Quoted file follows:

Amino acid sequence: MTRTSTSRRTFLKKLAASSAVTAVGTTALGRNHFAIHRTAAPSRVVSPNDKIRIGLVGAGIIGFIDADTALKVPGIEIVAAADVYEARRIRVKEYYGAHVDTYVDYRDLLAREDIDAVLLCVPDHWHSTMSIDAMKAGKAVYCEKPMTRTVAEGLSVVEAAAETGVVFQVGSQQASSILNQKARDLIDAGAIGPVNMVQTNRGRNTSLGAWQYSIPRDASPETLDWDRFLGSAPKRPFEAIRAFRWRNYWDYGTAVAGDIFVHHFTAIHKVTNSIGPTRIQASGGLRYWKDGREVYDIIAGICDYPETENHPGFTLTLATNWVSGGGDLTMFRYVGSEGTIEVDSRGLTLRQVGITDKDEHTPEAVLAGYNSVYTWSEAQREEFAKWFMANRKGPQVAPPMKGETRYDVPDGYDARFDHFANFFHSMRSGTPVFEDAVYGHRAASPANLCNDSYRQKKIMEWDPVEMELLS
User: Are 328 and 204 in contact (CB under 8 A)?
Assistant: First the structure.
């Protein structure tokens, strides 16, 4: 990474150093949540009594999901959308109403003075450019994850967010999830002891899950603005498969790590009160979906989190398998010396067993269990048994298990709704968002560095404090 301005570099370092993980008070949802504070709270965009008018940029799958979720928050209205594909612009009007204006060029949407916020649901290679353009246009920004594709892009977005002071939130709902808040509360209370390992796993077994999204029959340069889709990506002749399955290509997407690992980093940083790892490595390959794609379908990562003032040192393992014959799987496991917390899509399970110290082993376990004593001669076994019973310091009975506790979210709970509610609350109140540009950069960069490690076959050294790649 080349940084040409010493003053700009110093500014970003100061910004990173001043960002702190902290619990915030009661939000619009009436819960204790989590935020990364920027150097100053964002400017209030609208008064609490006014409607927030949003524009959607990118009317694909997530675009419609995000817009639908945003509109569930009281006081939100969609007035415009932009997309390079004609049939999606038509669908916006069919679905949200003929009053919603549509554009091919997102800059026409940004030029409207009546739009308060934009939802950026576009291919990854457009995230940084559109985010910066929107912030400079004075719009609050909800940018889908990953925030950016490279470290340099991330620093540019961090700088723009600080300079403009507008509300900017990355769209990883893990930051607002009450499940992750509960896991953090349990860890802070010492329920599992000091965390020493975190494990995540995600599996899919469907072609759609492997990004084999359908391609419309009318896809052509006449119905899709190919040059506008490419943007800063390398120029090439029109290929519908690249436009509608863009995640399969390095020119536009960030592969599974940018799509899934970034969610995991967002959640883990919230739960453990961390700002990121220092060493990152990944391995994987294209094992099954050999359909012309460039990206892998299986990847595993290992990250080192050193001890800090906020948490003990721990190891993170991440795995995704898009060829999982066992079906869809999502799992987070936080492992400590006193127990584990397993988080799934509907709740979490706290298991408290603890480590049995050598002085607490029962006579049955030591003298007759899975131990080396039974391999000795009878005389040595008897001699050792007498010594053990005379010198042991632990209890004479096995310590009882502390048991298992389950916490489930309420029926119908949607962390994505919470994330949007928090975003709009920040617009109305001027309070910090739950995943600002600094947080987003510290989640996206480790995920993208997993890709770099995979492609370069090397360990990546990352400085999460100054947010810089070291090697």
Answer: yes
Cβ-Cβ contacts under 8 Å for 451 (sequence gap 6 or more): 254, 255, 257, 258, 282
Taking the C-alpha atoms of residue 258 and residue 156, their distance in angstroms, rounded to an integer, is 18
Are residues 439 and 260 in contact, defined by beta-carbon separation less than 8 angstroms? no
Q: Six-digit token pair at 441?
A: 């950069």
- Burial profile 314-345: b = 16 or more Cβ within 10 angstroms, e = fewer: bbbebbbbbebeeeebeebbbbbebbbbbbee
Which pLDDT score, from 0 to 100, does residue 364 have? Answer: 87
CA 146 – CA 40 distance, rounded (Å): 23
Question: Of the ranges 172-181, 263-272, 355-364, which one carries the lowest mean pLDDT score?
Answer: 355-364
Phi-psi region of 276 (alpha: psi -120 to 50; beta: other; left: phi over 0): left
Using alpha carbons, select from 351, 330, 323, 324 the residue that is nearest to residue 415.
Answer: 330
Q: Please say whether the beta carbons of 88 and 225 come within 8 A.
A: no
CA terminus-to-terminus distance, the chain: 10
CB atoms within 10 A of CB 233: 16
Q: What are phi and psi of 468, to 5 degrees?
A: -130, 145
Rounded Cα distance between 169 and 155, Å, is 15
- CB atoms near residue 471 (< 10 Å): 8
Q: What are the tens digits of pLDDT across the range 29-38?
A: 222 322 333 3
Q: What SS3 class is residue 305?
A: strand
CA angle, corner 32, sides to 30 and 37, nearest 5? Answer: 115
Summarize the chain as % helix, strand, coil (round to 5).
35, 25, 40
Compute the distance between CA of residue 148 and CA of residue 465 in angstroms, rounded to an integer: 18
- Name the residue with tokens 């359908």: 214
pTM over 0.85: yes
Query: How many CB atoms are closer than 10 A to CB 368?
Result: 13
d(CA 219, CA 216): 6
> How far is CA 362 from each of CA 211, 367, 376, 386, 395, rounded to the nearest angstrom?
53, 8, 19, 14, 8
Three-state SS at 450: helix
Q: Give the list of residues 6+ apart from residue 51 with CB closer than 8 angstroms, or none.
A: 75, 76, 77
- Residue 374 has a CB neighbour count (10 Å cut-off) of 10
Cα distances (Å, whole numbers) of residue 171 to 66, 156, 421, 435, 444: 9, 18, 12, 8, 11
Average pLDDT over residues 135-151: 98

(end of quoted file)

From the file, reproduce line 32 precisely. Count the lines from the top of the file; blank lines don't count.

Summarize the chain as % helix, strand, coil (round to 5).